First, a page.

Cover image for Borrowed tides
Title:
Borrowed tides
Author:
Levinson, Paul.
Personal Author:
Edition:
First edition.
Publication Information:
New York: Tor, 2001.
Physical Description:
238 pages ; 22 cm
General Note:
"A Tom Doherty Associates book."
Language:
English
ISBN:
9780312848699
Format :
Book

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Central Library X Adult Fiction Central Closed Stacks
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Summary

Summary

A voyage and an adventure as sublime as any in the history of the universe. Aaron Schoenfeld has parlayed a Ph.D. in the philosophy of science and a sharp tongue into an improbable second career as director of a project to plan and execute the first interstellar voyage. The trip to Alpha Centauri will take many years and might end up being a one-way journey for the crew. His old acquaintance Jack Lumet may be the unlikely source of an answer. An anthropologist obsessed with the myths of Native Americans, he once wrote a paper about Wise Oak, an Iroquois sachem who claimed to have ridden a cosmic version of the Hudson, a tidal river that flows both ways, to the stars and back. In a world where money for space journeys is hard to come by, even a slightly mad theory that suggests a possible shortcut to the stars is an attractive possibility for the people who believe more in humanity's destiny among the stars than they do in safety considerations, minimal risks, or taking no for an answer.


Reviews 3

Booklist Review

In 2016, astronomers discover planets in the Alpha Centauri star system, four-plus light-years away. By 2023, an unmanned, one-way mission to Alpha Centauri A (ACA) is ready, as is the ship for an eight-year voyage by a nine-person crew. It is decided to man the mission, after all. Since the mission ship carries just enough fuel for a one-way trip, using a slingshot effect around ACA should give the ship the boost from the star's gravity that will return it to Earth. As the ship nears ACA, unusual readings come from the star and one planet. The latter looks very Mars-like, but suddenly is transformed into something very Earth-like. The slingshot attempt fails but allows inspection of the transformation and of a mysterious hulk near ACA. During the latter investigation, a traumatic experience with the hulk renders one crew member catatonic. Several others become depressed by the prospect of never going home. But an Iroquois theory of star currents proves more tenable than had been assumed. A to-the-last-page spellbinder. --Bryan Baldus


Publisher's Weekly Review

Politics blends neatly with spirituality in Levinson's provocative second novel (after The Silk Road), about the first manned interstellar flight to a planet in the Alpha Centauri star system. Two septuagenarians, first acquainted in childhood, head the crew: Aaron Schoenfeld, whom the U.S. president has chosen on the strength of his philosophical arguments for space exploration, and Jack Lumet, an anthropologist who has incorporated the mystical teachings of Iroquois Indians into his worldview. It is Lumet's insights into the Indians' beliefs regarding the cyclical nature of travel on river currents extrapolated to a cosmic level that enable a final American commitment to the trip. In order to maintain continued support of space exploration, a live crew that will be able to return must undertake this voyage. Once underway the other seven members of the crew face personal conflicts regarding the validity of the theoretical constructs adapted from spiritual sources. These doubts culminate in an attempted mutiny. None of the events leading up to the revolt fall into genre clich‚s, as all of the characters are well drawn and their motivations are believable. But the real surprises come on reaching the star system after eight years of travel. The author has created an ingenious narrative that loops back on itself like a M”bius strip. Readers will enjoy working through the unexpected paradoxes the characters find themselves in and watching how each character individually chooses to resolve the shared predicament during the journey homeward. (Mar. 13) (c) Copyright PWxyz, LLC. All rights reserved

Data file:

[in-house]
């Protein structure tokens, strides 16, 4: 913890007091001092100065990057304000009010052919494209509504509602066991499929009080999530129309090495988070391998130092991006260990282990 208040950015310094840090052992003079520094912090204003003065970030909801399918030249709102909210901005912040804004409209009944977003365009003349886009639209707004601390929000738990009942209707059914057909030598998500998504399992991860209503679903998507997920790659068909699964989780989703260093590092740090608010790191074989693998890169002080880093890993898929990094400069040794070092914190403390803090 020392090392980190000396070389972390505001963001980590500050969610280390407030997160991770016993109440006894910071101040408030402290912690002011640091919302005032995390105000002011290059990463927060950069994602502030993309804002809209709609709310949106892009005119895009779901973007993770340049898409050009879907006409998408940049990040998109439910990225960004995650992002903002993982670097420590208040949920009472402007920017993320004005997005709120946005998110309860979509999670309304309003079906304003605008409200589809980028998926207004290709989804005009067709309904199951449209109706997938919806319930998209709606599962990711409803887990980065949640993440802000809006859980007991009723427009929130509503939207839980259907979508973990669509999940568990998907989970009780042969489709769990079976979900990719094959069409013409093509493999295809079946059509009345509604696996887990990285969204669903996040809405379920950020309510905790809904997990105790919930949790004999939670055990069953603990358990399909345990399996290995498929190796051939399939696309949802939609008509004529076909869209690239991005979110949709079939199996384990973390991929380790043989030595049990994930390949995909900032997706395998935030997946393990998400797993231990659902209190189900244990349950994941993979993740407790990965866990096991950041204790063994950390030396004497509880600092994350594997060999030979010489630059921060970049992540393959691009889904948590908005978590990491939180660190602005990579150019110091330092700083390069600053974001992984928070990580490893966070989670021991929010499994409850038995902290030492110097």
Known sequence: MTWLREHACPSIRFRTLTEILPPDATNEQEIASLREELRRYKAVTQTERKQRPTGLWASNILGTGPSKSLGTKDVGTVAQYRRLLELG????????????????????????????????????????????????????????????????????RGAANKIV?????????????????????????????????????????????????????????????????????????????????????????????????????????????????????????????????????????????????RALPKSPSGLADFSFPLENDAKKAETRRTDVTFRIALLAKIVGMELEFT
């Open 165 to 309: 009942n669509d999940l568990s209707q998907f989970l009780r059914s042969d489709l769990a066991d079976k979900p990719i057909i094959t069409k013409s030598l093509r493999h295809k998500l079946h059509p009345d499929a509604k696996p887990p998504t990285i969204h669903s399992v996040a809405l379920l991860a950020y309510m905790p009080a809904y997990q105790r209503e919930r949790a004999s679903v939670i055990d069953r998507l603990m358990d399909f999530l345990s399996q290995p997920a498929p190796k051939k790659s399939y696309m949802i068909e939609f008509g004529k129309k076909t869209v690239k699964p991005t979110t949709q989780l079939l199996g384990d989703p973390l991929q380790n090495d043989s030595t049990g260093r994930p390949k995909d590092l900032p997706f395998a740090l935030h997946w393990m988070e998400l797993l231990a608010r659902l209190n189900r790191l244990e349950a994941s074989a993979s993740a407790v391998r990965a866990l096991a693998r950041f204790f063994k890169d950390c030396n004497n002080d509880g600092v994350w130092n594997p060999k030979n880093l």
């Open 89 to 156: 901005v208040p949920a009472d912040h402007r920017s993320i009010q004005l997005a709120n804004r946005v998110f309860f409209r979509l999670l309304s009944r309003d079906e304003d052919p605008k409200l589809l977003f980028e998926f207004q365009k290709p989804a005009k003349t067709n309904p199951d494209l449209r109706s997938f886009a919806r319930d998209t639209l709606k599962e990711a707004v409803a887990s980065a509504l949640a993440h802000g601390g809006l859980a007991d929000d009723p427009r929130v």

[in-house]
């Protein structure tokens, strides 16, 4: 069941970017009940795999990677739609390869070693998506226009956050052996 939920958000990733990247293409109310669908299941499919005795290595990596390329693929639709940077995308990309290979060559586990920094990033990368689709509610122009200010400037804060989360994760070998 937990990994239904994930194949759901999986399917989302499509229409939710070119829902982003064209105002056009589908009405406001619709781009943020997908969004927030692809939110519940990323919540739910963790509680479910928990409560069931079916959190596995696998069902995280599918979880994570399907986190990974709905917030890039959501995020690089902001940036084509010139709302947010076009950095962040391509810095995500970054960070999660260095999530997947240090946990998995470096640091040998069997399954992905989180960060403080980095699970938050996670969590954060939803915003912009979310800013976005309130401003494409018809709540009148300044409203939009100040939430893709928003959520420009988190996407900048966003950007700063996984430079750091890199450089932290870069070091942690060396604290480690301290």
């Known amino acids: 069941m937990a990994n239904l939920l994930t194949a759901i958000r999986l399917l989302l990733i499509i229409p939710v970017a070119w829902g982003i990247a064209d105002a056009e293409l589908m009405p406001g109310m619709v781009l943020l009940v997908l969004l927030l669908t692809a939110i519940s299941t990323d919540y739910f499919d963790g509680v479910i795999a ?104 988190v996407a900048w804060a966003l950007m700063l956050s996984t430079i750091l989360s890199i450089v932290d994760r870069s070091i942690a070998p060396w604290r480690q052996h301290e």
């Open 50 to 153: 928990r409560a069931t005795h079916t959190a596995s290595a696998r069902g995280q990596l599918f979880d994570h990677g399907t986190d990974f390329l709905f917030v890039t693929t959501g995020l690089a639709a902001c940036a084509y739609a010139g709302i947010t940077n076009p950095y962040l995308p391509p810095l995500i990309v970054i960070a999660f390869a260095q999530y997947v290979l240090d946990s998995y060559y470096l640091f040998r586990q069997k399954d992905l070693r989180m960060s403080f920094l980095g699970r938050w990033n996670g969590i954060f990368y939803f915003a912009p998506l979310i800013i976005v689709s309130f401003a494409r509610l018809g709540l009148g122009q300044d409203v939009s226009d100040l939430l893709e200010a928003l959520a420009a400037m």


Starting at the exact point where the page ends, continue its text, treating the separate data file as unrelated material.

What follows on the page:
Library Journal Review

In the mid-21st century, a ship bound for Alpha Centauri sets out to investigate the possibility of intelligent life in deep space. Making use of an untested maneuver that will allow the ship to make the return trip with minimal fuel expenditure, the crew encounters a strange set of phenomena that appear to roll back time and threatens to undo the events of the voyage. Levinson, the current president of the Science Fiction Writers of America, packs his second sf novel (after The Silk Code) with layers of meaning that blend ancient legends with modern science and provides an intriguing glimpse into the mysteries of time and space. For most sf collections. (c) Copyright 2010. Library Journals LLC, a wholly owned subsidiary of Media Source, Inc. No redistribution permitted.


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